Pacific salmon (Oncorhynchus spp.) carcasses can fertilize riparian forests with marine-derived nutrients when populations make their annual return to natal streams to spawn; however, the strength of this cross-system linkage likely varies substantially among years due to the interannual fluctuations in abundance that characterize most salmon populations. Here, we used a 36-yr time series (1984–2019) of satellite imagery and salmon abundance estimates to assess spatiotemporal associations between forest greenness (a measure of plant productivity) and adult sockeye salmon (Oncorhynchus nerka) abundance in the lower Adams River, British Columbia, Canada. The Adams River sockeye population displays a quadrennial pattern of abundance, with a dominant cohort that spawns every four years in numbers that are typically two to three orders of magnitude larger than non-dominant cohorts. We found that variation in forest greenness was consistently explained best by models including dominant cohort year, whereas models lacking an index of salmon abundance were the lowest-ranked. Greenness of riparian vegetation increased by an average of 0.015 NDVI units (approximately 1%) in the summer after a dominant cohort return, and this effect on greenness persisted into the subsequent fall (11–13 months after spawning). The positive association between quadrennial pulses of salmon and riparian greenness occurred in plots both within 30 m of the stream and 95–125 m away from the stream, indicating that the spatial extent of fertilization may occur well beyond areas directly adjacent to the riverbank. These results suggest that forests respond to cyclical variation in salmon abundance and that overwinter storage of marine-derived nutrients within catchments allows plants to capitalize on these nutrients in the following growing season. Continued advances in remote sensing technology will enhance our understanding of cross-system resource linkages and can inform the ecosystem-based management of Pacific salmon.

Document type: 
Article

Century-Long Stomatal Density Record of the Nitrophyte, Rubus spectabilis L., From the Pacific Northwest Indicates No Effect of Changing Atmospheric Carbon Dioxide but a Strong Response to Nutrient Subsidy

File(s): 
Peer reviewed: 
Yes, item is peer reviewed.
Date created: 
2021-12-01
Abstract: 

Triangle Island on Canada's Pacific coast is home to a large, globally important sea-bird breeding colony. The shrub Salmonberry Rubus spectabilis and tussock-forming Tufted Hairgrass Deschampsia cespitosa together form ~70% of vegetation coverage and  contain  the  vast  majority  (~90%) of seabird nesting burrows. Salmonberry has in recent decades greatly expanded its coverage, while that of Tufted Hairgrass has receded.  Seabirds  prefer  not  to  burrow  under  Salmonberry,  making  its  ongoing  ex-pansion a potential conservation issue. We investigated three hypotheses proposed to  explain  Salmonberry's  expansion  (climate  change,  biopedturbation,  and  nutrient  input),  using  comparisons  of  stomatal  density  of  Salmonberry  leaves  sampled  from  Triangle  Island,  other  seabird  colonies,  other  coastal  locations,  and  from  historical  specimens in herbaria. Stomatal density helps regulate photosynthetic gain and con-trol water loss, and responds to light, nutrient, carbon dioxide, and water availability. Differing patterns of stomatal density are expected among sample locations depend-ing on which of the hypothesized factors most strongly affects Salmonberry's perfor-mance. Our data are most consistent with the nutrient input hypothesis. We discuss possible reasons why Salmonberry has expanded so recently, even though Triangle has been a large seabird colony for at least a century and likely much longer.

Document type: 
Article

Lethal and Sublethal Effects of the Anti-sea Lice Formulation Salmosan® on the Pacific Spot Prawn (Pandalus Platyceros)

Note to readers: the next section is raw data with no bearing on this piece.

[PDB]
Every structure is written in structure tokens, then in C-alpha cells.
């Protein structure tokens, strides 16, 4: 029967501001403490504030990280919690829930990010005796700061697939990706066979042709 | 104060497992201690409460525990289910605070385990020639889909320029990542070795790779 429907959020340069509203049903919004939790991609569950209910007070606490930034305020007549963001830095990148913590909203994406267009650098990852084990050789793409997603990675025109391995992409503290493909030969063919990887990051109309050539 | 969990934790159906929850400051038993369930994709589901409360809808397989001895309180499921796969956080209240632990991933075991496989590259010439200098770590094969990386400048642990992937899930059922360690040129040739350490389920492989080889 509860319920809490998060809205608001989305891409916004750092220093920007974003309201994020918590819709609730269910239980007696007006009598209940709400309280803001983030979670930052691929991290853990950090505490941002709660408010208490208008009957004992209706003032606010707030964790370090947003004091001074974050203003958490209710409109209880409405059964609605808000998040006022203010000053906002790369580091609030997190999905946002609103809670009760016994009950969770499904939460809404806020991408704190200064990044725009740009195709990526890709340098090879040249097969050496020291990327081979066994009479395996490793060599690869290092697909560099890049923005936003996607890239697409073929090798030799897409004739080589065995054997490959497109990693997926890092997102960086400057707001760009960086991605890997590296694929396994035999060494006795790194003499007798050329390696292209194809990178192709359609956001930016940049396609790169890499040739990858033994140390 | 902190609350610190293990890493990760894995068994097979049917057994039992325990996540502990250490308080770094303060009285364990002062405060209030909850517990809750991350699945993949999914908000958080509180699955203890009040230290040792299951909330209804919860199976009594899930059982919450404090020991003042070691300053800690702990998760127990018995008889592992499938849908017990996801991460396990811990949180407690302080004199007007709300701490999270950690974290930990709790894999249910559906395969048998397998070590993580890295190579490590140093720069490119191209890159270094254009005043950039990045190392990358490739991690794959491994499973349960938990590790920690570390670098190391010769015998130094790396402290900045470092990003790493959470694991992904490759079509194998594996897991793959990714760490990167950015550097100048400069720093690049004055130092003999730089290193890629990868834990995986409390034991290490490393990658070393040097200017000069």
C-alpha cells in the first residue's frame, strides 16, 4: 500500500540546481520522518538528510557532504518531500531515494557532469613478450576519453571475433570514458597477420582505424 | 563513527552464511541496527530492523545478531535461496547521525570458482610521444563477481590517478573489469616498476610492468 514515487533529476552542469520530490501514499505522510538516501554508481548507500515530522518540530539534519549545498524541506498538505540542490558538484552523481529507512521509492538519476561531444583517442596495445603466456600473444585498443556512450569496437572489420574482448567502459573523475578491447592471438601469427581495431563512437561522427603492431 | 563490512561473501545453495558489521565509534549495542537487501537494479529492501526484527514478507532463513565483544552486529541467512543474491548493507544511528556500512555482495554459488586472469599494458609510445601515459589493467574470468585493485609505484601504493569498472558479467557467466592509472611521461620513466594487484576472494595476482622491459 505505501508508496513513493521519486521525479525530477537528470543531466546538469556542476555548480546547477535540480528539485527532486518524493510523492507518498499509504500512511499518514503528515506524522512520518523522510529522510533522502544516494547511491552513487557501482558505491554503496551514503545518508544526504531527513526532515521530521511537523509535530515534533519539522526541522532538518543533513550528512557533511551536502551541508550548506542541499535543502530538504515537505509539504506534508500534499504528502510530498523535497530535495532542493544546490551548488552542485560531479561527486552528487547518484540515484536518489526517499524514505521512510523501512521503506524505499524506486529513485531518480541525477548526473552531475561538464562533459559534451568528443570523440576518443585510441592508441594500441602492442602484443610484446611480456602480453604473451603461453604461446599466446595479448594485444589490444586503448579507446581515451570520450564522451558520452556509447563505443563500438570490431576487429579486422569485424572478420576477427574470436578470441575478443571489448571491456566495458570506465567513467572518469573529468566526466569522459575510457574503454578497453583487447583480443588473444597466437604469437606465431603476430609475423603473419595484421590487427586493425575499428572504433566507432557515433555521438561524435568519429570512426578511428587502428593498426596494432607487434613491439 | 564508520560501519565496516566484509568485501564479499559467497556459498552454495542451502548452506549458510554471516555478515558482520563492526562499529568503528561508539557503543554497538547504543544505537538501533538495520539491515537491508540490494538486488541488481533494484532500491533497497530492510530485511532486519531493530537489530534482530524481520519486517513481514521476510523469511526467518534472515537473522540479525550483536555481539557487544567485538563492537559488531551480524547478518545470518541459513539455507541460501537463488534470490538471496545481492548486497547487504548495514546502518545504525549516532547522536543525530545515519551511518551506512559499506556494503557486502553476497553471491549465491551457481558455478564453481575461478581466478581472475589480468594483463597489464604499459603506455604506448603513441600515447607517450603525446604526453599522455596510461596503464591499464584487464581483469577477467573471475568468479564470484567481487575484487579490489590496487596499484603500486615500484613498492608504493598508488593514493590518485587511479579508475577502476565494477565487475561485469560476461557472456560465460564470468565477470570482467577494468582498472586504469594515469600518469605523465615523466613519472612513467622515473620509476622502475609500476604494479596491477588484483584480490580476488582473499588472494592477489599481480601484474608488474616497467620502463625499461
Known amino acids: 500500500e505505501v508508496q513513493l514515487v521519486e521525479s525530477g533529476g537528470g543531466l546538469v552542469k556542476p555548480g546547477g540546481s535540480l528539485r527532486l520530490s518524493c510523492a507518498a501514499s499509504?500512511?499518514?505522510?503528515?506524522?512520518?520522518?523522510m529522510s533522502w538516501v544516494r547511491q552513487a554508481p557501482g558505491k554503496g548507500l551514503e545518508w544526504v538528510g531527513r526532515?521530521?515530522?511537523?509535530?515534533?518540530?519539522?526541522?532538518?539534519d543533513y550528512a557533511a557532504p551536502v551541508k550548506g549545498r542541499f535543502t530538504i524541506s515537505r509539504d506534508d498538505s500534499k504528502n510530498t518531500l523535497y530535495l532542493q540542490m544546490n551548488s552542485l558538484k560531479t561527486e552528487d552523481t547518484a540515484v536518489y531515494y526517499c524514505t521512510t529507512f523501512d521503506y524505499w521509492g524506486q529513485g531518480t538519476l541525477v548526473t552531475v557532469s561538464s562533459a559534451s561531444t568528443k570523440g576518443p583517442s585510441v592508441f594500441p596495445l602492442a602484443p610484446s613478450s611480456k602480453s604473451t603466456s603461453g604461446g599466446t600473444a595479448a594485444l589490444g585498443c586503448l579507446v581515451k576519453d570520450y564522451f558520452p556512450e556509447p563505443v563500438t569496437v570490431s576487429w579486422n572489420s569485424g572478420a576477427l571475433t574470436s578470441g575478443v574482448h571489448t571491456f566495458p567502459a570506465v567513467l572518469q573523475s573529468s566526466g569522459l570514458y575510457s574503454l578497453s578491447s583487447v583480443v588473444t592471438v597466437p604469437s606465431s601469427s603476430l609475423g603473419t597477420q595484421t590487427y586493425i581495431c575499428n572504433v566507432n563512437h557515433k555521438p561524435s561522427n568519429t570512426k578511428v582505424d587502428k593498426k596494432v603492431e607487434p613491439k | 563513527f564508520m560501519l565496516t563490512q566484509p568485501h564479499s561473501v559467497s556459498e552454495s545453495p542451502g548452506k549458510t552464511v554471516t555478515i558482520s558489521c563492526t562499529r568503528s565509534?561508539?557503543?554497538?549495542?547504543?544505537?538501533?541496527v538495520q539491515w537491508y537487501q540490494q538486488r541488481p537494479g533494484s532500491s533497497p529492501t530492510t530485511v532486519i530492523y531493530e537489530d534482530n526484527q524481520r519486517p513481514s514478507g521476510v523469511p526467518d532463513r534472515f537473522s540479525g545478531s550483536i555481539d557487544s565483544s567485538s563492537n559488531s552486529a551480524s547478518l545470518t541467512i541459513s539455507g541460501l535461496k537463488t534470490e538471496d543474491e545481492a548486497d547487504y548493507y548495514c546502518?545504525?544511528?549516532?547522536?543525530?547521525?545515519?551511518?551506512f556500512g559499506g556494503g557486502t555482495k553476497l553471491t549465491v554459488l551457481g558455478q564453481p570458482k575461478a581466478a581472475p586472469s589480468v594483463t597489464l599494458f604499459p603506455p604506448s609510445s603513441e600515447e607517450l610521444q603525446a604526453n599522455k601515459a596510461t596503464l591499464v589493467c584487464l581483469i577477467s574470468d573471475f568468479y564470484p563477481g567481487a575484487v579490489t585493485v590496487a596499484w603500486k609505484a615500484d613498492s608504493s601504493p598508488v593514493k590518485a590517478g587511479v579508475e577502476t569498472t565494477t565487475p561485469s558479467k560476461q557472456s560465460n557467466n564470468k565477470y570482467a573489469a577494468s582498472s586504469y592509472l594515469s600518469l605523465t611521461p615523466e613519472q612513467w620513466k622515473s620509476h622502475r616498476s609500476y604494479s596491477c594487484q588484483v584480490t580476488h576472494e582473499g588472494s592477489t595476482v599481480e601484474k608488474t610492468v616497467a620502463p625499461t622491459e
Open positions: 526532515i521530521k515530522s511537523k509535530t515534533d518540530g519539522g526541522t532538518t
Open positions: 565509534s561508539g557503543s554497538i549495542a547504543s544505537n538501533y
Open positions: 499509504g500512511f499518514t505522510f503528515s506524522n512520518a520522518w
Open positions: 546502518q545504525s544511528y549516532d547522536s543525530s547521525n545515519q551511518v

File(s): 
Peer reviewed: 
Yes, item is peer reviewed.
Date created: 
2021-07-18
Abstract: 

The effects of the aquaculture chemotherapeutant Salmosan® (active ingredient [a.i.]: azamethiphos) were examined in Pacific spot prawns (Pandalus platyceros) at three temperatures (5, 11, and 17°C). Post-molt prawns were more sensitive to Salmosan® than intermolt prawns; repeated (3x) 1-hr LC50 values for post-molt prawns ranged from 17 (9.3–31 95% confident intervals) to 40 (25–63) μg/L a.i. while intermolt prawns survived 3 × 1-hr exposures up to 100 μg/L a.i. Using LC50 values, Salmosan® was approximately 2.4 times more toxic at 17 versus 5°C. Temperature significantly altered chemosensory and locomotory behaviors in intermolt prawns with the highest activity at the intermediate temperature. Significant decreases in antennule flicking (84 and 104% over controls) were seen at 17°C after 3 × 1-hr pulse exposures to 50 and 100 μg/L a.i., respectively. Temperature, but not Salmosan®, affected molting success: at 17°C significantly lower survival was seen during ecdysis (60% of those at 5°C) and at 5°C, molt time was longer (41 ± 3 days) compared to 11°C (34 ± 4 days) or 17°C (21 ± 4 days). Life stage (molt status) and environmental parameters (temperature) alter the effects of Salmosan® to non-target spot prawns.

Document type: 
Article

mDia1 Assembles a Linear F-Actin Coat at Membrane Invaginations To Drive Listeria monocytogenes Cell-to-Cell Spreading

File(s): 
Peer reviewed: 
Yes, item is peer reviewed.
Date created: 
2021-11-16
Abstract: 

Direct cell-to-cell spreading of Listeria monocytogenes requires the bacteria to induce actin-based finger-like membrane protrusions in donor host cells that are endocytosed through caveolin-rich membrane invaginations by adjacent receiving cells. An actin shell surrounds these endocytic sites; however, its structure, composition, and functional significance remain elusive. Here, we show that the formin mDia1, but surprisingly not the Arp2/3 complex, is enriched at the membrane invaginations generated by L. monocytogenes during HeLa and Jeg-3 cell infections. Electron microscopy reveals a band of linear actin filaments that run along the longitudinal axis of the invagination membrane. Mechanistically, mDia1 expression is vital for the assembly of this F-actin shell. mDia1 is also required for the recruitment of Filamin A, a caveola-associated F-actin cross-linking protein, and caveolin-1 to the invaginations. Importantly, mixed-cell infection assays show that optimal caveolin-based L. monocytogenes cell-to-cell spreading correlates with the formation of the linear actin filament-containing shell by mDia1.

Document type: 
Article